Oil prices climb on concerns over tight supplies
LONDON (Reuters) -Oil prices rose on Tuesday as worries about tight fuel supplies ahead of winter offset investor concerns about falling demand in China, the world's biggest crude importer.
Brent crude gained 78 cents, or 0.8%, to $94.78 a barrel by 1030 GMT, while WTI crude rose 79 cents, or 0.9%, to $88.57 a barrel. Both contracts fell by more than $1 earlier in the session.
Worries over tighter inventories continue to support prices.
"The oil market's structural outlook remains on of tightness, but for now, this is offset by cyclical demand headwinds," Morgan Stanley (NYSE:MS) said in a note.
In the United States, the Strategic Petroleum Reserve (SPR) fell 8.4 million barrels to 434.1 million barrels in the week ended Sept. 9, the lowest since October 1984, according to data released on Monday by the Department of Energy.
U.S. President Joe Biden in March set a plan to release 1 million barrels per day over six months from the SPR to tackle high U.S. fuel prices, which have contributed to inflation.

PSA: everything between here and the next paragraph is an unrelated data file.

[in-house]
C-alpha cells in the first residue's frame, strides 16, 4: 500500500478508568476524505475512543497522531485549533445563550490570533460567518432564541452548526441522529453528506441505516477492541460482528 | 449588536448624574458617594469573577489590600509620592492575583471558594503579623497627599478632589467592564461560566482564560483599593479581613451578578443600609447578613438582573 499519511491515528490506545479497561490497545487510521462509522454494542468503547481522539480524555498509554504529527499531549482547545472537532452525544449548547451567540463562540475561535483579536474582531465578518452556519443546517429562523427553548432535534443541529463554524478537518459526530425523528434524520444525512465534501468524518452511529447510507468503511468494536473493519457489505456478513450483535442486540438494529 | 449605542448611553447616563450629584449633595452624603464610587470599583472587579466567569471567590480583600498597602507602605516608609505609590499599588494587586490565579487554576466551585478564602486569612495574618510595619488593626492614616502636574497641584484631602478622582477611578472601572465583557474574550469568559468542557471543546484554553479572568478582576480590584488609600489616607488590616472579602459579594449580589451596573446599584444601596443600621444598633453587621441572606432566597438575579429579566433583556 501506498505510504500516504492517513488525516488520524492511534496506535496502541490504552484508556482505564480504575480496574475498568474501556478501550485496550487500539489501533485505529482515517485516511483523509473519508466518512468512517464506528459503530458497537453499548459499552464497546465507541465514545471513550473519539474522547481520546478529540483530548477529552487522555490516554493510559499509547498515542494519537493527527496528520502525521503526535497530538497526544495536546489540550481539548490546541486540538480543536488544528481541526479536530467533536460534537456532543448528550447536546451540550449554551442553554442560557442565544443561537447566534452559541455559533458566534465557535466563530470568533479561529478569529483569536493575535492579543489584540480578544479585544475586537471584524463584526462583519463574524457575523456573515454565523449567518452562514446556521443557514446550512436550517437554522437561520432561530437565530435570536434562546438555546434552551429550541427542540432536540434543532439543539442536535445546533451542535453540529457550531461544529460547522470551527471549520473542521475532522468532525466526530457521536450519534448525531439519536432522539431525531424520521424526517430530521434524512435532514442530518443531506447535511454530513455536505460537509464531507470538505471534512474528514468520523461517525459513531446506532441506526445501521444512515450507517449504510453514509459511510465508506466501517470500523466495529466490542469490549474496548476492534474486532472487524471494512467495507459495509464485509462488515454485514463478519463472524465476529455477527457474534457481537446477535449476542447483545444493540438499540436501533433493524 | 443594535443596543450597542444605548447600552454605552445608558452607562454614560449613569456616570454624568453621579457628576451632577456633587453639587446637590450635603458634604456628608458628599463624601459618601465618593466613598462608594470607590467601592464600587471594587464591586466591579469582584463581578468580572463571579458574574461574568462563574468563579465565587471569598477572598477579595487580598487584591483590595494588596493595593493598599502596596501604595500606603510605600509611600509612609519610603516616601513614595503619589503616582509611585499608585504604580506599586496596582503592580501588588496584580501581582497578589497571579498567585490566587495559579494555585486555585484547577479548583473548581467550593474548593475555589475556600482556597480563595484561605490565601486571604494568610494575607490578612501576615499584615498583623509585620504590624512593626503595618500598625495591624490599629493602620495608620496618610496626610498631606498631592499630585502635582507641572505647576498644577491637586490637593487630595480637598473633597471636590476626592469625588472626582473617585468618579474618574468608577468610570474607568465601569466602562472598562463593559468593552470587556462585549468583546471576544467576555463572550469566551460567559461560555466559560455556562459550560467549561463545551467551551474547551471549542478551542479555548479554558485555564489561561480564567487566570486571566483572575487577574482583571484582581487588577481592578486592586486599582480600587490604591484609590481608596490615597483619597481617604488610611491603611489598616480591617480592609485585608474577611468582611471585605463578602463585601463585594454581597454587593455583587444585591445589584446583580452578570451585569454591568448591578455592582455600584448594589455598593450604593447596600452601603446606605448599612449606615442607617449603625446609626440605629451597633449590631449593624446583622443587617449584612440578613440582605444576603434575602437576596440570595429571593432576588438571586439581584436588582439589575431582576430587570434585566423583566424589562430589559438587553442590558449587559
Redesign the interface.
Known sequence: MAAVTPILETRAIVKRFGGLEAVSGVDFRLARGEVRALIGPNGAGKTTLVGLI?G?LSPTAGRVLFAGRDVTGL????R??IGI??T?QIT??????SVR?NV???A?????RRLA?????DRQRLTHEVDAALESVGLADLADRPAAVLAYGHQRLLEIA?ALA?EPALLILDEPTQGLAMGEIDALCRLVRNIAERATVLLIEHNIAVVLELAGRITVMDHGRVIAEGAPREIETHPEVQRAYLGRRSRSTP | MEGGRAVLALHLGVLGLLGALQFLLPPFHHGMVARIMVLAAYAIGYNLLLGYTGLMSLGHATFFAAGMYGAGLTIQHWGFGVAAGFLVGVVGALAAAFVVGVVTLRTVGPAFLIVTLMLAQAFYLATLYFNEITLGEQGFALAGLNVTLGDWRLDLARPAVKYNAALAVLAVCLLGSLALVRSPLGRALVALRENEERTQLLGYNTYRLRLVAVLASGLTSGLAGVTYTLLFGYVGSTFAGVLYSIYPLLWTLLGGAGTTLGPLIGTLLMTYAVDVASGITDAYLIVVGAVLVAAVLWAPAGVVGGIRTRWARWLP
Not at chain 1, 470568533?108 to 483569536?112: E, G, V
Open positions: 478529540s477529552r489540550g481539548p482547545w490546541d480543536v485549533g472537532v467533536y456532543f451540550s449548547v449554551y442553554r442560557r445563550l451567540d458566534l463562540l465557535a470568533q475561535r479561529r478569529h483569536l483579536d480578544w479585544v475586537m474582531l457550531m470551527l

U.S. commercial oil stocks are expected to have fallen for five weeks in a row, dropping by around 200,000 barrels in the week to Sept. 9, a preliminary Reuters poll showed on Monday.
The American Petroleum Institute (API), an industry group, will issue its inventory report at 4:30 p.m. EDT (2030 GMT) on Tuesday. The U.S. Energy Information Administration (EIA) reports at 10:30 a.m. EDT (1430 GMT) on Wednesday.
"We remain constructive on oil prices despite intensifying headwinds to demand, as the supply side remains supportive with slower-than-expected U.S. output growth and a proactive OPEC+," Amarpreet Singh, an energy analyst at Barclays (LON:BARC), wrote a note.
Prospects for a revival of the West's nuclear deal with Iran remained dim. Germany expressed regret on Monday that Tehran had not responded positively to European proposals to revive the 2015 agreement. U.S. Secretary of State Antony Blinken said that an agreement would be unlikely in the near term.
Capping gains on oil prices on Tuesday were renewed concerns about lower global fuel demand as China, the world's second-largest oil consumer, continues to impose COVID-19 curbs.
The number of trips taken over China's three-day Mid-Autumn Festival holiday shrank, with tourism revenue also falling, official data showed, as COVID-linked restrictions discouraged people from travelling.